But despite all these advantages at multiple levels of the soccer pyramid, a first-ever World Cup win for Spain was never guaranteed. They came close to bowing out multiple times in this tournament, passing around the opposition without registering enough shots on target and folding mentally at times when taking the lead.

On Sunday, a combination of the right mentality and preparation came together, spurred by the winner of Best Young Player of the Tournament. Salma Paralluelo had been a force for Spain off the bench in the last two rounds, and in the final, the 19-year-old got a well-earned start. Paralluelo is a product of those Spain teams that dominated the youth levels, winning both a U-17 and a U-20 World Cup on her way to the brightest international spotlight. The Barcelona forward has an uncanny ability to cut through Spain’s frivolity on the ball, turning midfield possession and immaculate first touches into actually dangerous attacks.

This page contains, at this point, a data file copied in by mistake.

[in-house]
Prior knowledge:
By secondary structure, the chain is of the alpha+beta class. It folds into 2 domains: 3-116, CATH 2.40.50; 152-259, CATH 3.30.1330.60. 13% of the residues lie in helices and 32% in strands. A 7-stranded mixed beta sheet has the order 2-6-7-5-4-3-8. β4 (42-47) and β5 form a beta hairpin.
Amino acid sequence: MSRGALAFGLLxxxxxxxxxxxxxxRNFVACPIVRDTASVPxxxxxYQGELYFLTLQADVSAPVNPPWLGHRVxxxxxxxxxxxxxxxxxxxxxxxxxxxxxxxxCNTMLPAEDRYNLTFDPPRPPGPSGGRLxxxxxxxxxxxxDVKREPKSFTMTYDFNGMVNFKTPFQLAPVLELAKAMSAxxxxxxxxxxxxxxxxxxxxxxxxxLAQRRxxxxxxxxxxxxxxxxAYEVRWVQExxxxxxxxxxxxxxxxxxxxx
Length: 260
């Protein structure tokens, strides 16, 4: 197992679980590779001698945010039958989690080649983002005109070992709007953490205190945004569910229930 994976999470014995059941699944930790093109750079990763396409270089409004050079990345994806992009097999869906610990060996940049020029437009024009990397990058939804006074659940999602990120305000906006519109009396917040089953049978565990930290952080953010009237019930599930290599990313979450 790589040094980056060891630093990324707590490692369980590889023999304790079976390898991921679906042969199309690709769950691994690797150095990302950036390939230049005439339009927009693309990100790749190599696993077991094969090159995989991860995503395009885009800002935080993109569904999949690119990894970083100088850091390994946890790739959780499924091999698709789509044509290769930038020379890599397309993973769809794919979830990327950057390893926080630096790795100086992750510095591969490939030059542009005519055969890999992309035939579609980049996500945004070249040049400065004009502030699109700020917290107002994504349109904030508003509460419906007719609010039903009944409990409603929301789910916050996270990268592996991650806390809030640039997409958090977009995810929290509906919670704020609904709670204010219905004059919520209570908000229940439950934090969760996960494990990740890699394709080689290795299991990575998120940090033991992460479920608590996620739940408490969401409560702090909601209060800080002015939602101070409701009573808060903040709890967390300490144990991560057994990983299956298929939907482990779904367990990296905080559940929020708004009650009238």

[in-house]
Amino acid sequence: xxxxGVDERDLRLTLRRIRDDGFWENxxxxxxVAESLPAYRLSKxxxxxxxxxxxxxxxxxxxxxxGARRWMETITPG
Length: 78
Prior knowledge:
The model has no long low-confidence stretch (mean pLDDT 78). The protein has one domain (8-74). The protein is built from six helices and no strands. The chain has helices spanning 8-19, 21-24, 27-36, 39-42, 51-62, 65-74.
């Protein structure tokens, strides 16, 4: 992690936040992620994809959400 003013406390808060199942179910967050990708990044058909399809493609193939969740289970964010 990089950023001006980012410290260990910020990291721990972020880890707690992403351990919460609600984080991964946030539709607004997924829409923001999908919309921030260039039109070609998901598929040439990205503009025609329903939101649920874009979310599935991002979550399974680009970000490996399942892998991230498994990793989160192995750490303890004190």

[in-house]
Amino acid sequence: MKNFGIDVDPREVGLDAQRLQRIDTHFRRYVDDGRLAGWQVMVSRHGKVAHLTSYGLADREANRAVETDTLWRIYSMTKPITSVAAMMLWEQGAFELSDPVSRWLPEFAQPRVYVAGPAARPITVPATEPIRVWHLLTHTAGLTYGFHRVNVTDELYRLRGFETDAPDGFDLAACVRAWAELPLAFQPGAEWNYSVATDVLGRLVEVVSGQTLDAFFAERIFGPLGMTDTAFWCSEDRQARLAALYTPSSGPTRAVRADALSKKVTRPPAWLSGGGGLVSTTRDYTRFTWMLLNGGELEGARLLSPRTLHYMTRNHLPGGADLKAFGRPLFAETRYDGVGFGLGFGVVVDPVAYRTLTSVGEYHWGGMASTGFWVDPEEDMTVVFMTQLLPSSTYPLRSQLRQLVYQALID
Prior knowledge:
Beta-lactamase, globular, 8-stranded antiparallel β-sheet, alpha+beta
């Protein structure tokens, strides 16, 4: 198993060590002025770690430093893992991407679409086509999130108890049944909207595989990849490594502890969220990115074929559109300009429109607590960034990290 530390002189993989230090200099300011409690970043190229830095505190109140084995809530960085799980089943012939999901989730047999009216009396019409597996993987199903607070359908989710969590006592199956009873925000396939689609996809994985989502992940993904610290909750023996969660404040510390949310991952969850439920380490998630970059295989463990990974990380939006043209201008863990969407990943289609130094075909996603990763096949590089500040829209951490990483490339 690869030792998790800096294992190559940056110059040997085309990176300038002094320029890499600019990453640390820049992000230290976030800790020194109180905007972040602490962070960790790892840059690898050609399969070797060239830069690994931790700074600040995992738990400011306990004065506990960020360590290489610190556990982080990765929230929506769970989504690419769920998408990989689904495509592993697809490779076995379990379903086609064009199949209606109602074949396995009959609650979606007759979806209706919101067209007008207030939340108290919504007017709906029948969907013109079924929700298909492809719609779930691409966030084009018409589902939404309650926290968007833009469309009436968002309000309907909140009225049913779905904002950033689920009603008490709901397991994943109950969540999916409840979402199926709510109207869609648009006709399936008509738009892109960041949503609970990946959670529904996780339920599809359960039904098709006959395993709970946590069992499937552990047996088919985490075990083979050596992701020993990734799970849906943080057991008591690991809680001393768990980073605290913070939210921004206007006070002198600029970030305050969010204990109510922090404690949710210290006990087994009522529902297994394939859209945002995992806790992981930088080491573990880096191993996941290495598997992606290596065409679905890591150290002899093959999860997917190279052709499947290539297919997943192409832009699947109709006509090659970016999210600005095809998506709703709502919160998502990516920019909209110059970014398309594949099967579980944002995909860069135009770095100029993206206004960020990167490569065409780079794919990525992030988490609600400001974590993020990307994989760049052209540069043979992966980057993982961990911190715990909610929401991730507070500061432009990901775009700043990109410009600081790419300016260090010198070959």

Salma Paralluelo was named Best Young Player of the Tournament after Spain's World Cup win. (Catherine Ivill/Getty Images)

Time and time again on Sunday, Spain was able to pass around England’s disciplined press to switch the point of their attack to the open player on the weak side of the wings. Bronze and Rachel Daly had a difficult game, with the latter being subbed off at halftime in favor of keeping Spain from scoring another goal over dynamism in the attack.

But one goal turned out to be all Spain needed, in a flipped script from their elimination at the hands of England in the 2022 European Championship. Instead of becoming flustered in possession, Spain never kept their foot off the ball, continuing their methodical build-ups and keeping calm heads as England became increasingly panicked late in the second half.